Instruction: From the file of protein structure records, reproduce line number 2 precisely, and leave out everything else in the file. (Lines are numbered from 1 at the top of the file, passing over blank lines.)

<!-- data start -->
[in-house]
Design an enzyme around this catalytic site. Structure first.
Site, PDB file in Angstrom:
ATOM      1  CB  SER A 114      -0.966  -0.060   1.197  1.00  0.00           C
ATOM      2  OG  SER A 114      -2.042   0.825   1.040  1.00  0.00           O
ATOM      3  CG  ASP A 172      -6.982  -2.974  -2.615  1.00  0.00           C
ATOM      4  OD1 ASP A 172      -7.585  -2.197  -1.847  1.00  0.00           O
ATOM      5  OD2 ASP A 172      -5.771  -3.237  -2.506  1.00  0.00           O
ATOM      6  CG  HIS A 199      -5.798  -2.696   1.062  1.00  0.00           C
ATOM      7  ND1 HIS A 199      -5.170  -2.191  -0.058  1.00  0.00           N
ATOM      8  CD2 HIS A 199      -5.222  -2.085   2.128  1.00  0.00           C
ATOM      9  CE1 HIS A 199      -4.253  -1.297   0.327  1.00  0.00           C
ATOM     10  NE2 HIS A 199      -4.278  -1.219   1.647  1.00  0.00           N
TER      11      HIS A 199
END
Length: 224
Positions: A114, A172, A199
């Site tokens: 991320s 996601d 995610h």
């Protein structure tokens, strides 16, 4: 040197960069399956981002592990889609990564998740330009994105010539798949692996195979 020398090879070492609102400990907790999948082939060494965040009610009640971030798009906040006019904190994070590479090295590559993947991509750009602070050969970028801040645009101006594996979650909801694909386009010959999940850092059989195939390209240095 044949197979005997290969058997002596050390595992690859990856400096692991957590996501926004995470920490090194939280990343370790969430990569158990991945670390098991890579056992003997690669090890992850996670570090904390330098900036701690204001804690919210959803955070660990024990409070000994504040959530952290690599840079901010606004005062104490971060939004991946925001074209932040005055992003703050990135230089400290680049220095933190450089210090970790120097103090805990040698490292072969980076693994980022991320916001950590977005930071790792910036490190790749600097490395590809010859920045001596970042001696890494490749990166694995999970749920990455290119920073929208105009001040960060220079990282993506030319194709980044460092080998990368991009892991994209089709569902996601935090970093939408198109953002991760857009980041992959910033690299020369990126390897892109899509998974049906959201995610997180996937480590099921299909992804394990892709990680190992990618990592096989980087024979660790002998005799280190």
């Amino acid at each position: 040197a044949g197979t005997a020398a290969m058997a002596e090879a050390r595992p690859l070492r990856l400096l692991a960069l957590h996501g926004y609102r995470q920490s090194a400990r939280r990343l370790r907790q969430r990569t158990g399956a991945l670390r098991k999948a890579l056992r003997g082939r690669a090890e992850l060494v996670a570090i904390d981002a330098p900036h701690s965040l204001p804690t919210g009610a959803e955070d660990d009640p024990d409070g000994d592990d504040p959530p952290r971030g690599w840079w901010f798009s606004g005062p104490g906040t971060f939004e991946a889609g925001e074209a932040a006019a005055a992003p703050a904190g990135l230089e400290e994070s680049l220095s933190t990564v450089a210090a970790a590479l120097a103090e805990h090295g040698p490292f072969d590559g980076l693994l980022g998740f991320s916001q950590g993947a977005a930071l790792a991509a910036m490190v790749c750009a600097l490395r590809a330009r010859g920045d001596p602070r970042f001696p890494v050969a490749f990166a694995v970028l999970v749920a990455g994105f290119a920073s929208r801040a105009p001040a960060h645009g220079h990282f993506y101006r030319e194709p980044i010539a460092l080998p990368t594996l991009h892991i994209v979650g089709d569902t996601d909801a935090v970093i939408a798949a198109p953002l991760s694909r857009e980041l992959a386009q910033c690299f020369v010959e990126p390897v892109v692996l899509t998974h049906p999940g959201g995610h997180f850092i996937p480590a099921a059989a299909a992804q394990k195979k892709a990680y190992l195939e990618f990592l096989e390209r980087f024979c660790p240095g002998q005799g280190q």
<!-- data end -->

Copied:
Design an enzyme around this catalytic site. Structure first.